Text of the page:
Skip navigation

As we wrap up our lectures this week and tie together some of the course’s overarching ideas, I was struck by the many distinctions Big Data completely obliterates – the difference between public and private, visible and invisible, the window of the interface and the ‘real’ world, a subjective ‘you’ as opposed to a collective ‘you.’ Mayer-Schonberger’s basic definition of Big Data is “things one can do at a large scale that cannot be done at a smaller one, to extract new insights or create new forms of value.” Data may be “big” in size, but it formulates insights that are very “small” as it, for example, zeroes in on one particular user’s preferences and “suggested purchases” on Amazon out of millions of customers. The haystack may be big, but the data always finds the needle.


Suddenly, personal preferences don’t seem so unique to any given individual. I  am grouped in with tons of other needles in the haystack who may be interested in listening to the Beatles just because we listened to the Rolling Stones. It’s not so easy to say that my public life is suddenly private – rather my life is simultaneously private and public, belonging to me and millions of others like me without need for distinction. In the end, Big Data still gets the job done, so I don’t really feel the need to grasp a distinction between public or private any longer.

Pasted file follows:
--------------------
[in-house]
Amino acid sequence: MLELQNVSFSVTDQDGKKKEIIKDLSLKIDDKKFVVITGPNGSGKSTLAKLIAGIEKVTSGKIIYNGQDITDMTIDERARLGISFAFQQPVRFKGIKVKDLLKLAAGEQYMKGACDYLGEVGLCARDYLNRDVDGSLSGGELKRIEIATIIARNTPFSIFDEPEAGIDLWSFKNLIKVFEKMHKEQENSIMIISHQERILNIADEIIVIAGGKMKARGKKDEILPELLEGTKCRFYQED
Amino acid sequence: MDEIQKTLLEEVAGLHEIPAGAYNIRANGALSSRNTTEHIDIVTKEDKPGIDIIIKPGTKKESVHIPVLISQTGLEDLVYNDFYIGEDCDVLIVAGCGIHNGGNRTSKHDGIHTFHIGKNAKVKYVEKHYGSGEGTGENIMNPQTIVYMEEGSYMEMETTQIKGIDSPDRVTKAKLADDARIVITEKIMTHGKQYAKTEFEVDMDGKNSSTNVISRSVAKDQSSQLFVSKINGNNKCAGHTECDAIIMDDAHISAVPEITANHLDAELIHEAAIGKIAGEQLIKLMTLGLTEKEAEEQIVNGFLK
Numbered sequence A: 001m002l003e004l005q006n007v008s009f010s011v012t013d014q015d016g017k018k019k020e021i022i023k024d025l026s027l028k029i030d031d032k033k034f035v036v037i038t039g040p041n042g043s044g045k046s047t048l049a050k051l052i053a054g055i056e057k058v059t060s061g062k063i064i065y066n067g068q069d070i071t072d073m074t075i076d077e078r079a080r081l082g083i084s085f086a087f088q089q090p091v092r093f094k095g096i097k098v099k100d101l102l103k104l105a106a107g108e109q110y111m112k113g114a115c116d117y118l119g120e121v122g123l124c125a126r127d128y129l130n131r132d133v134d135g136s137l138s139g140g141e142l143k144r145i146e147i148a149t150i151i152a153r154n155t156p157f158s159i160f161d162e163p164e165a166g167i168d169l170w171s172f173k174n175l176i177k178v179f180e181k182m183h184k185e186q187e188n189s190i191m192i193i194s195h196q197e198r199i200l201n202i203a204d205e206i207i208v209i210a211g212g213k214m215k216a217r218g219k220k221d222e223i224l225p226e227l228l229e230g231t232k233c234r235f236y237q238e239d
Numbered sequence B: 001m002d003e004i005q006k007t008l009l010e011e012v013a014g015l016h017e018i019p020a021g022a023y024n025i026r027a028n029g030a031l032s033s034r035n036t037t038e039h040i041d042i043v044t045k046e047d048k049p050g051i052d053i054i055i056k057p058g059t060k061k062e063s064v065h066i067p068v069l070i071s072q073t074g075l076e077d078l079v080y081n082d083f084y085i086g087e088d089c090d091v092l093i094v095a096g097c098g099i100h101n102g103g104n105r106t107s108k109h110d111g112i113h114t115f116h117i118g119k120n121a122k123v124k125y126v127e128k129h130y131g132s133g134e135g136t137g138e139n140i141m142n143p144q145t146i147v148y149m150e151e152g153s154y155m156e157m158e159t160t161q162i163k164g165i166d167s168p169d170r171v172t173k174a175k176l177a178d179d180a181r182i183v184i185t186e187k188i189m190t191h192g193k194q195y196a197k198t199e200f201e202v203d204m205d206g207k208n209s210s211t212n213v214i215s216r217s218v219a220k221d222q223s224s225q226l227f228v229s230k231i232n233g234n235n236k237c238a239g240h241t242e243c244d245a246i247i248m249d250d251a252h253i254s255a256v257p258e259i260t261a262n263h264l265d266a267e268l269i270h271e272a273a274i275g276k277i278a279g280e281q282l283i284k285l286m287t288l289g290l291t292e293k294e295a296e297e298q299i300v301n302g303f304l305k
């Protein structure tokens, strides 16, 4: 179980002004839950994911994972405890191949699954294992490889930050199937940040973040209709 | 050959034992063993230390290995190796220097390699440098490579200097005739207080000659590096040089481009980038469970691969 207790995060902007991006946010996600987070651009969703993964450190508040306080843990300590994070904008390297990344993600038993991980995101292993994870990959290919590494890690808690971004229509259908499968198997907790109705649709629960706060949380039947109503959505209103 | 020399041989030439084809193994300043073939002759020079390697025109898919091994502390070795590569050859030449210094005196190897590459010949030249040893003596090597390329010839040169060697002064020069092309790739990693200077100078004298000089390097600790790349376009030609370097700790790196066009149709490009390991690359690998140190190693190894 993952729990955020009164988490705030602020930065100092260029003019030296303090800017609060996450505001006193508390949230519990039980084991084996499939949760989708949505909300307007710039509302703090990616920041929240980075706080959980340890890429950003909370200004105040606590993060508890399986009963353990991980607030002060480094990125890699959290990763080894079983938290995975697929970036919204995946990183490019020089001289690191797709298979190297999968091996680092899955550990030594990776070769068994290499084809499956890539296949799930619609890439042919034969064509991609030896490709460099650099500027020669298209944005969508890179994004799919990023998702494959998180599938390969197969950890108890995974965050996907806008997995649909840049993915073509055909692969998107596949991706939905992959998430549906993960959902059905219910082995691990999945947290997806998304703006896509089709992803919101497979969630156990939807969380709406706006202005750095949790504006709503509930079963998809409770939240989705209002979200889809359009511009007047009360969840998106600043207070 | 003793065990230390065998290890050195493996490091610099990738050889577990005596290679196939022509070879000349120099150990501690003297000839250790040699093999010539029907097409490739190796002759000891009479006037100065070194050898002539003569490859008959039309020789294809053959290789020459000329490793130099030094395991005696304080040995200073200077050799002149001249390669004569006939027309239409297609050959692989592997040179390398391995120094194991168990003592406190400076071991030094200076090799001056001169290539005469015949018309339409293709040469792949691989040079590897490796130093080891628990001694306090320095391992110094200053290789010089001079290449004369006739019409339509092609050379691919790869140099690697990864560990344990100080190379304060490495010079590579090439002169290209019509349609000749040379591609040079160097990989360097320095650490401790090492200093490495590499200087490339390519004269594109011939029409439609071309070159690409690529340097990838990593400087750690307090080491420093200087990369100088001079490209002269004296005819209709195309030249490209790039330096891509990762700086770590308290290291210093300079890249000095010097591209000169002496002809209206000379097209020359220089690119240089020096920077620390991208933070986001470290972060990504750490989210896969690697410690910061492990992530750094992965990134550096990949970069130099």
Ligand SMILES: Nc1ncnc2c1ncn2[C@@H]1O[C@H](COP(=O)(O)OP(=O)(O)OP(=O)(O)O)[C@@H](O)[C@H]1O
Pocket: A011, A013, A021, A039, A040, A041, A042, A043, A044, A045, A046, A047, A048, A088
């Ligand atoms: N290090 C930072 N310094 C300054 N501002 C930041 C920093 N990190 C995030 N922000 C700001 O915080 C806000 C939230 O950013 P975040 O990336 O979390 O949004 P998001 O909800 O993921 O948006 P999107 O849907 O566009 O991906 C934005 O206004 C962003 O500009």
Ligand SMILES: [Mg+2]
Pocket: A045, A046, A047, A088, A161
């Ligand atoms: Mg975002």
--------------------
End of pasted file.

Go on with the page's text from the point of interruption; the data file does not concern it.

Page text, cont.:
The same goes for a distinction between feeling visible, while at the same time invisible, on the Internet. Big Data may make my preferences visible, uncovering them from deep within the haystack. In doing so, I as a unique individual am not just made invisible as I’m grouped in with other needles, but completely obliterated. Just as Mayer-Schonberger mentions the loss of specific estimation as a quantity increases (ex: it’s never one-million…and one dollars), I am lost from sight among the masses. Suddenly, ‘one-million people plus me’ equates to just ‘one-million.’ At the same instant, Big Data is both watching and not watching you, largely because ‘you’ no longer holds any distinct meaning separate from ‘subjective’ or ‘collective.’


My following question may seem arbitrary and nominally nit-picky, but it’s one I can’t shake after thinking through the above distinctions. Is Big Data really “big”? Could we not, at the same time, call it “Small Data”? Or “Data That Is Both Big And Small”? That’s definitely a bit more of a mouthful.